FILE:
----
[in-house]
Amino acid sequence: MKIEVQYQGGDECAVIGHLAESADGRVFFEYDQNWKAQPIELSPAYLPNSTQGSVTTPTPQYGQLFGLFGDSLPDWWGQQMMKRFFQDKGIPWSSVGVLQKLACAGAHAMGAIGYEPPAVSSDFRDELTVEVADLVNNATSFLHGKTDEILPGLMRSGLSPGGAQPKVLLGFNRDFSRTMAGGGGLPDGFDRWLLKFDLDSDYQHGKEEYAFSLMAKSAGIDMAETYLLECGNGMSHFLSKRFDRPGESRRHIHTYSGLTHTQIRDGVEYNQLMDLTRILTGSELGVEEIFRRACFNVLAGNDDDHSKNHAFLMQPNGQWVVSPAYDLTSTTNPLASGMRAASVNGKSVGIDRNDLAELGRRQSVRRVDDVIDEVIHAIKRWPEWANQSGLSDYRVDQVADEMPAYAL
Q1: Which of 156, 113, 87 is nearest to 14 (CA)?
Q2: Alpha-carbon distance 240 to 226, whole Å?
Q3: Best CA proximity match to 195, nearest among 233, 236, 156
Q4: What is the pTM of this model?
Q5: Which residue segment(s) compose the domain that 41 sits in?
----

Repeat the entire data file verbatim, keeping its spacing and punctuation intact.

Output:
[in-house]
Amino acid sequence: MKIEVQYQGGDECAVIGHLAESADGRVFFEYDQNWKAQPIELSPAYLPNSTQGSVTTPTPQYGQLFGLFGDSLPDWWGQQMMKRFFQDKGIPWSSVGVLQKLACAGAHAMGAIGYEPPAVSSDFRDELTVEVADLVNNATSFLHGKTDEILPGLMRSGLSPGGAQPKVLLGFNRDFSRTMAGGGGLPDGFDRWLLKFDLDSDYQHGKEEYAFSLMAKSAGIDMAETYLLECGNGMSHFLSKRFDRPGESRRHIHTYSGLTHTQIRDGVEYNQLMDLTRILTGSELGVEEIFRRACFNVLAGNDDDHSKNHAFLMQPNGQWVVSPAYDLTSTTNPLASGMRAASVNGKSVGIDRNDLAELGRRQSVRRVDDVIDEVIHAIKRWPEWANQSGLSDYRVDQVADEMPAYAL
Q1: Which of 156, 113, 87 is nearest to 14 (CA)?
Q2: Alpha-carbon distance 240 to 226, whole Å?
Q3: Best CA proximity match to 195, nearest among 233, 236, 156
Q4: What is the pTM of this model?
Q5: Which residue segment(s) compose the domain that 41 sits in?